IT is out of the backroom and in the front office so it's time to hire candidates who match that new reality.
This presents a vexing problem for both recruiters and employers alike. In a recent survey, the National Association of Colleges and Employers found that employers look for candidates who are decisive, can solve problems, are good communicators and are analytical.
That need is the same for technology hires. Given how the role of IT has changed, employers see soft skills mattering more than ever.
"IT is no longer in the back room with the lights off writing code," says John Reed, senior executive director at Robert Half Technology, an international technology recruiting and staffing company. "IT is in the room with the business leaders when decisions are made."
[ Research: CIOs Getting Better at People Skills ]
It's also important to consider whether your IT people are working directly with customers or internally with other employees, says Tammy Browning, senior vice president of U.S. field operations for Yoh, a consulting organization that provides IT talent.
"The heads-down IT person who's just programming is becoming less and less attractive to employers, because you have to be able to communicate with your business partners or their customers," Browning says.
What Soft Skills Do IT Workers Need?
Reed says you want your IT people, whether they're servicing external customers or employees within the company, to be able to communicate efficiency, understand business issues and offer resolutions, and possess problem-solving skills.
A separate survey conducted by the Workforce Solutions Group at St. Louis Community College found that 60 percent of employers say applicants lack "communication and interpersonal skills." According to the report, this is up 10 percent from two years ago. "Many people tell me they're looking for someone who has almost a customer service mindset," Reed says.
Browning says she looks for candidates who can act almost like consultants people who "can really coach non-IT people on how to articulate their needs." She wants people who can reverse engineer a solution to a problem for someone, or even change the mindset of a person who says she needs A but would really do better using Z even if Z hasn't been created yet.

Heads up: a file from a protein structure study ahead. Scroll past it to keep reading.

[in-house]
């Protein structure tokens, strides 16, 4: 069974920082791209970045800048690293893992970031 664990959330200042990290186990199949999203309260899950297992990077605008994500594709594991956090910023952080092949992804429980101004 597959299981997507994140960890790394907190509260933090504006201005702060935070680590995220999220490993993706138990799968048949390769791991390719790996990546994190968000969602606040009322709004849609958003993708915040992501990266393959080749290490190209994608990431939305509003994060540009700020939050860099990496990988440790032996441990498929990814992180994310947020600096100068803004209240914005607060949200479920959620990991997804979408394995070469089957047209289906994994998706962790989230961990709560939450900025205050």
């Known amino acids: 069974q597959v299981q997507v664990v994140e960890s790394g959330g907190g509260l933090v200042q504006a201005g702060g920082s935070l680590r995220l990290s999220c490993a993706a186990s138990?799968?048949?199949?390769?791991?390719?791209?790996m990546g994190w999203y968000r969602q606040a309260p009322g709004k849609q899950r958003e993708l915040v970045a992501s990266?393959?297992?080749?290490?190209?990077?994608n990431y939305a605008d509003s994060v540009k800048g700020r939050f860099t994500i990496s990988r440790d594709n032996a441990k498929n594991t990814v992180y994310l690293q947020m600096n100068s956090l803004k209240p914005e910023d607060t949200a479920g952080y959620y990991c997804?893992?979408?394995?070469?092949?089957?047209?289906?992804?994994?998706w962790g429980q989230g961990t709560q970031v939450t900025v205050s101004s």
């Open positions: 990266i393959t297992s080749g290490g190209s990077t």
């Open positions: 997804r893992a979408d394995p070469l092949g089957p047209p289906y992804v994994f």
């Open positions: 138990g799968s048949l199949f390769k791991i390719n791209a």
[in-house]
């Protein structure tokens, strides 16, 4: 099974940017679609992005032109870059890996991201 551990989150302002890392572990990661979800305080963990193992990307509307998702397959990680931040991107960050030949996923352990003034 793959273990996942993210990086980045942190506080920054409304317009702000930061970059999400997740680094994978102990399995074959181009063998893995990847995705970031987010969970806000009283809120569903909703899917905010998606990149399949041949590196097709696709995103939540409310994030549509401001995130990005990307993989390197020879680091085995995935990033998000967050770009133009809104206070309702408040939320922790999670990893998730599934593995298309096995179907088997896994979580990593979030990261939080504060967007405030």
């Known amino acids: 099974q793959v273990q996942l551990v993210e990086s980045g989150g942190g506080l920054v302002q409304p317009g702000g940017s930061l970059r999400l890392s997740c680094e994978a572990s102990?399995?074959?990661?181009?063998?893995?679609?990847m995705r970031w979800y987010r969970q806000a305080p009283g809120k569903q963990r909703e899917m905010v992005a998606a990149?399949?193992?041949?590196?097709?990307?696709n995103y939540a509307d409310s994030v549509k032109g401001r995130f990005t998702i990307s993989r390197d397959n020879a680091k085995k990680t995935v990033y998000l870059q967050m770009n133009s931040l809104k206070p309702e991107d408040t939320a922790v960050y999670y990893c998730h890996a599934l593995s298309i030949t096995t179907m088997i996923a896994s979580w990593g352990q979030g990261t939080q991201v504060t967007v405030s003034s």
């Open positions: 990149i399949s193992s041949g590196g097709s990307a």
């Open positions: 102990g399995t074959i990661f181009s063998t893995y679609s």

[ Related: Hire for Cultural Fit, Train for the Right IT Skills ]
"In IT, it's important to go to the non-IT people who don't understand what technology can actually do," Browning says. That's where soft skills in an IT person come into play.
How to Identify a Candidate's Soft Skills in the Interview?
This isn't always easy. At the recent Microsoft Worldwide Partner Conference, Reed says he found that soft skills were a clear differentiator in tech candidates. But soft skills are hard to find.
Beyond asking potential tech hires about their hard skills and abilities, include questions that you'd ask people you're hiring in any other part of the company. "IT should come out of behavioral interviewing," Reed says.
In talking about past work experience, or suggesting hypothetical situations, follow up with questions such as the following:
- "What was your approach to resolving that issue?"
- "Talk to me about scenarios you've had previously where you've been put in this position."
- "How did you use your analytical skills to solve those problems?"
Reed says this is "a very different interview process for a lot of people in tech." While you may ask a candidate to architect a tech infrastructure on a whiteboard, make sure to follow up with questions that will help you see how that person would work with a team or interact with customers. Spend as much time in the interview on both hard and soft skills, he says.
What About People Who Aren't Actively Looking for a Job?
If you're recruiting from a pool of people who aren't active job seekers, you can also look at a possible candidate's interests and activities outside of their work lives, says Pete Kazanjy. He's the co-founder of TalentBin by Monster, a company that recruiters use to find what TalentBin calls "unfindable passive candidates" people who companies want to hire but who aren't actively looking to change jobs.
"Individuals signify this kind of information naturally by virtue of what they're doing on the Web as opposed to a more artificial approach that's associated with LinkedIn or posting a resume," Kazanjy says.
For example, in addition to being part of an Oracle Database group on MeetUp.com, the person may also be involved in mentoring programs or active in Oracle forums helping other people solve problems. This indicates that he or she would be a good mentor within your company and open to problem-solving activities, he says.
At the same time, someone who picks fights on Twitter or blogs about hating his or her current coworkers may not be the right person to call in for an interview, Kazanjy says. "Those are the sort of things that may fall out in the interview process and reference checking."
Join the CIO New Zealand group on LinkedIn. The group is open to CIOs, IT Directors, COOs, CTOs and senior IT managers.